2 design fundamentals that have a huge business impact

Little things can quickly add up over time to either hurt or improve a visitor’s experience on your website. Why do small changes, lead to significant business differences? One minor issue here and there isn’t going to significantly affect the conversion rates, per se. But, a few of them will quickly add up and change the overall experience on your website. What kind of small changes are we talking about? What sort of huge business impact can they have?

When a visitor reacher your website, they unwittingly seek answers to two questions: am I in the right place and do I trust this company? When things get in the way of a visitor saying yes to both of those questions they leave. Small design elements can have a huge business impact when they get in the way of those two questions.

Am I in the right place?

Making sure your target audience realizes they are in the right place isn’t super hard. Having a clear layout and a concise message will achieve this quickly. Clear language that plainly articulates what you’re offering is paramount in getting high conversions. All in all, that’s pretty simple to do. The caveat is being aware of anything that blurs this message and get in its way.

Your offer and your message can quickly become lost among the clutter. Numerous promotions and CTAs are a perfect way to dilute your message and make it unclear if a visitor is, in fact, in the right place.

Accidentally shifting target

The best webpages have a single primary goal. This means they don’t promote everything under the sun. Let’s say you’re currently interested in signing up more clients for your exclusive and expensive flagship offer. Yet, the website pages are filled with promotional freebies such as a free consultation, a free ebook, free downloadables or copious links to your blog. What kind of message do you think it sends to your visitors? Not the best one for the flagship offer. The high-end offer is going to be lost, and you’re actually not targeting who you want to; you’re targeting those looking for free answers instead of those with money who are ready to invest in your services.

I completely understand trying to catch people who would make a perfect client down the road. But if you aim to sell high-end offers right now, those people won’t be able to convert and hire you today. The same could be true for a reverse case as well – or any other instance of misaligned goals.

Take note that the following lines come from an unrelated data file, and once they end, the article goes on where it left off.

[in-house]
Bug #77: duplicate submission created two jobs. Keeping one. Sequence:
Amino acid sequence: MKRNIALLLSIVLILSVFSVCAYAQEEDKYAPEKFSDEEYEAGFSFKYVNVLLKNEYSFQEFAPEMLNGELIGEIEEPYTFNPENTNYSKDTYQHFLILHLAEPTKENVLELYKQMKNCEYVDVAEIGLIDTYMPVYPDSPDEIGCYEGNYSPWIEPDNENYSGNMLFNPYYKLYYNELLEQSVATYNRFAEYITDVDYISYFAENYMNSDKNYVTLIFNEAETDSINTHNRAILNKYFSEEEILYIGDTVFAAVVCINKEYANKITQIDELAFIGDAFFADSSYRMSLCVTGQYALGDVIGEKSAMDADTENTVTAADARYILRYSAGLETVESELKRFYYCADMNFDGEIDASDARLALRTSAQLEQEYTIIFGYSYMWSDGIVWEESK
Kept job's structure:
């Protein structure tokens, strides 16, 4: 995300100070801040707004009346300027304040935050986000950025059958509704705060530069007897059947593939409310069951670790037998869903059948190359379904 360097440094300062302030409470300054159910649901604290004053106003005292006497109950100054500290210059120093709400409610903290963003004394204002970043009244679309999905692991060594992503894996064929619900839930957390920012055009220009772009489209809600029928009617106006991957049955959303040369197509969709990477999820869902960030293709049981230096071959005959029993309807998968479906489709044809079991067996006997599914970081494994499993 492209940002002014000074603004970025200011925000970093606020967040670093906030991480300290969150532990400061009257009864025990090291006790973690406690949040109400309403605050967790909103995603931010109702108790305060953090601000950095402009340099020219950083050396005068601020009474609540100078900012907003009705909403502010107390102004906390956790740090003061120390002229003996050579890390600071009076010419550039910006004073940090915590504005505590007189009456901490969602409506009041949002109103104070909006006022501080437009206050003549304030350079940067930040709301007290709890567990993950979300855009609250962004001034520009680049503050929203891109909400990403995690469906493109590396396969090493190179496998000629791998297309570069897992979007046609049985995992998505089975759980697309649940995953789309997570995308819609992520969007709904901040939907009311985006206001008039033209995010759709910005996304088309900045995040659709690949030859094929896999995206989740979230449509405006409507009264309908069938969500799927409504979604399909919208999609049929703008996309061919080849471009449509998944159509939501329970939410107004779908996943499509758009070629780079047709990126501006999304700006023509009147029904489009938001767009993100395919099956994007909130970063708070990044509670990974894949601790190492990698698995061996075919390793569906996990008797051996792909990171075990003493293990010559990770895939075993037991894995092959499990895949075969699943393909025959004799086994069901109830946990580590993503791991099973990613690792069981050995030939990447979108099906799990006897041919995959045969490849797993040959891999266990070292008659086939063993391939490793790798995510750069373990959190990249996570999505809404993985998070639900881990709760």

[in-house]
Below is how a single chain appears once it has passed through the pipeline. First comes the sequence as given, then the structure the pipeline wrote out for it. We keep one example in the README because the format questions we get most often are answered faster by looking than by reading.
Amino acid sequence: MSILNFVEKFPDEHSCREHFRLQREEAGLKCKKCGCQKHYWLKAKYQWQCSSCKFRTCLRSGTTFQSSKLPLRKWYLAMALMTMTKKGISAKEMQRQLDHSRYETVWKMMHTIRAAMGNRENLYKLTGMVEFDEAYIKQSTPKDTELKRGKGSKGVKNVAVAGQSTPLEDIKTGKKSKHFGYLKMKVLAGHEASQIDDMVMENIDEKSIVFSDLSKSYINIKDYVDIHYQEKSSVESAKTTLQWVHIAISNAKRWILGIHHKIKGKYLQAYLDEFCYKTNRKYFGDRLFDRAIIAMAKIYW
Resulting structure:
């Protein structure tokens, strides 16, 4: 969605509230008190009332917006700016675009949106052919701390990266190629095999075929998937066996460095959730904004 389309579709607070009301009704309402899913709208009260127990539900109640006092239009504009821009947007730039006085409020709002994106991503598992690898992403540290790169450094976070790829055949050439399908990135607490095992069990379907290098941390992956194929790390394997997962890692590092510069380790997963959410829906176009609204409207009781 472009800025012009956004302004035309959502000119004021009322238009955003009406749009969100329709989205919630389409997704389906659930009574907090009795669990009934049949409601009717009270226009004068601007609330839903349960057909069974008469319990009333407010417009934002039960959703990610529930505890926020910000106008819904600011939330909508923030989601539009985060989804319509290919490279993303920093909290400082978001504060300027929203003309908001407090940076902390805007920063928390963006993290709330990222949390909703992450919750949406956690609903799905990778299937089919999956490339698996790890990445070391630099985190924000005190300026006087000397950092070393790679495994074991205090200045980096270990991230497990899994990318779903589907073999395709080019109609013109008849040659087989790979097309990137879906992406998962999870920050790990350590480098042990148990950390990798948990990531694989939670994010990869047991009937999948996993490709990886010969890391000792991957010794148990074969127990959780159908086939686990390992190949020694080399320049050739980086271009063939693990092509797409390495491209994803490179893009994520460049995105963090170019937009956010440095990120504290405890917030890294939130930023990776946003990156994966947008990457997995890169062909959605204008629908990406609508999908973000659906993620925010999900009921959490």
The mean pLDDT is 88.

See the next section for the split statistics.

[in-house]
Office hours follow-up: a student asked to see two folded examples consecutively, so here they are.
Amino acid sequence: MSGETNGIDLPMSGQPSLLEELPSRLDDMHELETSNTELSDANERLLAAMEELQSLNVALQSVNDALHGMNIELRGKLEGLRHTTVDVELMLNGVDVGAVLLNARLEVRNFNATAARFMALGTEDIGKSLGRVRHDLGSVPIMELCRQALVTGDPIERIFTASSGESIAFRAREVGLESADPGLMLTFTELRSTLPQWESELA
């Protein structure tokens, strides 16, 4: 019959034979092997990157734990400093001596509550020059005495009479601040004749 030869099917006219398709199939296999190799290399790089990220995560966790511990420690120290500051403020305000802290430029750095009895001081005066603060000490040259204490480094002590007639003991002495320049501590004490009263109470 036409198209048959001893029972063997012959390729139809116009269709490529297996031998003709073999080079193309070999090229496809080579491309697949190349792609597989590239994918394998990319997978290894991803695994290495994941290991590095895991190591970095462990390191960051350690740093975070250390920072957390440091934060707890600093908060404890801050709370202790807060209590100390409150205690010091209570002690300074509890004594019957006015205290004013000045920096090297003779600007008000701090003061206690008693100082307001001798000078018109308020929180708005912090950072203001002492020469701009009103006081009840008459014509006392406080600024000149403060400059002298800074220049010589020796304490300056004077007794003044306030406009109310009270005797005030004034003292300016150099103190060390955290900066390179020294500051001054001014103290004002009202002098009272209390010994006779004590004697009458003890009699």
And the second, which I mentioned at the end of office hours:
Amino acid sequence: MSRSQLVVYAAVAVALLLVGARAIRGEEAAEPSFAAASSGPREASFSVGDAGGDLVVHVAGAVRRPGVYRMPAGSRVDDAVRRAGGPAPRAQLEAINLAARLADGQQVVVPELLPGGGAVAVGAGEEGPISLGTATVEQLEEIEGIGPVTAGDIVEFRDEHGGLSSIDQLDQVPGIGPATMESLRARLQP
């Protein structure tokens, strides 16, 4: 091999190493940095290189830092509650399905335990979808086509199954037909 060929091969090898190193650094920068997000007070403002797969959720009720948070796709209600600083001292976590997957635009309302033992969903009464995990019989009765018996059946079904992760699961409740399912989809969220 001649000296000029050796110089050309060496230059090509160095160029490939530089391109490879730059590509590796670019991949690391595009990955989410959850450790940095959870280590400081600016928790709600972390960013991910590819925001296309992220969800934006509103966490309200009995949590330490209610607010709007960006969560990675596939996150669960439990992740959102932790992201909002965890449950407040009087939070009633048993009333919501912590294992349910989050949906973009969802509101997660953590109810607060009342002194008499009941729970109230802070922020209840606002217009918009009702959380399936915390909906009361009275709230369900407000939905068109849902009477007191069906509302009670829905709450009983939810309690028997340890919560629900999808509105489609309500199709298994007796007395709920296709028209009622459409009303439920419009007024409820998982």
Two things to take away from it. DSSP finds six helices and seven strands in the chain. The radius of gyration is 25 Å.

Freebies are meant to nurture leads into forming a long term relationship. By showing off too many promotions for them, you’re not making room for your actual target audience.

Creating mixed signals

What do mixed signals on a website look like? Like I said it could be just a seemingly small thing that adds up to confuse the visitor. You might have the greatest intentions. But, if you don’t realize what you’re doing, those little bits and pieces quickly add up to mixed signals, lost leads and fewer conversions.

Think about it from the perspective of the visitor. If they ended up on your site looking to hire a private personal trainer, yet all they see is free resources for DIY weightless, for example, the visitor will bounce. These are the things that make people think they’re not in the right place.

Not just the promotions or messages

Sure, I’ve mentioned a lot about messages and mixed promotional content. Those two are just the easiest examples. Many other things can add up to a huge but negative business impact.

The look and feel, the tone and voice and the photography can also get in the way. It’s all about the different sections and how they all come together, your navigation, broken links and lack of proof can truly turn people off in high numbers leading to fewer conversions and lesser business results (aka have a huge negative business impact).

The way you speak to a niche audience is significantly different than a more general one. For example, if your services help single dads under 25 years of age, your tone and the way you speak about their problem will be much different than single moms in their 40s then just single parents. These groups may face similar issues, for sure, after all, they are all single parents. But, the way to connect to them is going to have a unique approach based on their individual situations. If a website doesn’t take this into account, it’s going to face death by a thousand cuts.

How is the usability?